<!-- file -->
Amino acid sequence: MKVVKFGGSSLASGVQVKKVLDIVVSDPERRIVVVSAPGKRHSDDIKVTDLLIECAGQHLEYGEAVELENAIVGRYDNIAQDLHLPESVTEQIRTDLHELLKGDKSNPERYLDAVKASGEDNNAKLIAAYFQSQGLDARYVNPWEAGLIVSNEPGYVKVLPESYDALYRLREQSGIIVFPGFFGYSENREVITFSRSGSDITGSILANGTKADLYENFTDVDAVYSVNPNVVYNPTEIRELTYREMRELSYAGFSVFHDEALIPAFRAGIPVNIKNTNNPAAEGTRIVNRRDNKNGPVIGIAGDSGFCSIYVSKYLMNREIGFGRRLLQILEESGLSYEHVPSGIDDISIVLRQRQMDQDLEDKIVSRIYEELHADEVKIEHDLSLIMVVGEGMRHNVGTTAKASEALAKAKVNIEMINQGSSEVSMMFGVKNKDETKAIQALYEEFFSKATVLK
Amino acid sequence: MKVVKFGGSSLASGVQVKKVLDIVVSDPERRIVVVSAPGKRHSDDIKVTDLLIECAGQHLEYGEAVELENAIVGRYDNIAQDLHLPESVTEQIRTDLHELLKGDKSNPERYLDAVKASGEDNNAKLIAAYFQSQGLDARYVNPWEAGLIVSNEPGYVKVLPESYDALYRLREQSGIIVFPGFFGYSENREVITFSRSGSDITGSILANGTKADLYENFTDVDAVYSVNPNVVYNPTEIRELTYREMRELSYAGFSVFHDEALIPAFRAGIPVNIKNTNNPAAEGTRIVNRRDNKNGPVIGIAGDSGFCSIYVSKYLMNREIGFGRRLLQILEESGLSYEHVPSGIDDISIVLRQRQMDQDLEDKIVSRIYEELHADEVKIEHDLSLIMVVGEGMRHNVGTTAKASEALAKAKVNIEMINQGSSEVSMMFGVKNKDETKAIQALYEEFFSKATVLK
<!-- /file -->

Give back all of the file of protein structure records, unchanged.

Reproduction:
Amino acid sequence: MKVVKFGGSSLASGVQVKKVLDIVVSDPERRIVVVSAPGKRHSDDIKVTDLLIECAGQHLEYGEAVELENAIVGRYDNIAQDLHLPESVTEQIRTDLHELLKGDKSNPERYLDAVKASGEDNNAKLIAAYFQSQGLDARYVNPWEAGLIVSNEPGYVKVLPESYDALYRLREQSGIIVFPGFFGYSENREVITFSRSGSDITGSILANGTKADLYENFTDVDAVYSVNPNVVYNPTEIRELTYREMRELSYAGFSVFHDEALIPAFRAGIPVNIKNTNNPAAEGTRIVNRRDNKNGPVIGIAGDSGFCSIYVSKYLMNREIGFGRRLLQILEESGLSYEHVPSGIDDISIVLRQRQMDQDLEDKIVSRIYEELHADEVKIEHDLSLIMVVGEGMRHNVGTTAKASEALAKAKVNIEMINQGSSEVSMMFGVKNKDETKAIQALYEEFFSKATVLK
Amino acid sequence: MKVVKFGGSSLASGVQVKKVLDIVVSDPERRIVVVSAPGKRHSDDIKVTDLLIECAGQHLEYGEAVELENAIVGRYDNIAQDLHLPESVTEQIRTDLHELLKGDKSNPERYLDAVKASGEDNNAKLIAAYFQSQGLDARYVNPWEAGLIVSNEPGYVKVLPESYDALYRLREQSGIIVFPGFFGYSENREVITFSRSGSDITGSILANGTKADLYENFTDVDAVYSVNPNVVYNPTEIRELTYREMRELSYAGFSVFHDEALIPAFRAGIPVNIKNTNNPAAEGTRIVNRRDNKNGPVIGIAGDSGFCSIYVSKYLMNREIGFGRRLLQILEESGLSYEHVPSGIDDISIVLRQRQMDQDLEDKIVSRIYEELHADEVKIEHDLSLIMVVGEGMRHNVGTTAKASEALAKAKVNIEMINQGSSEVSMMFGVKNKDETKAIQALYEEFFSKATVLK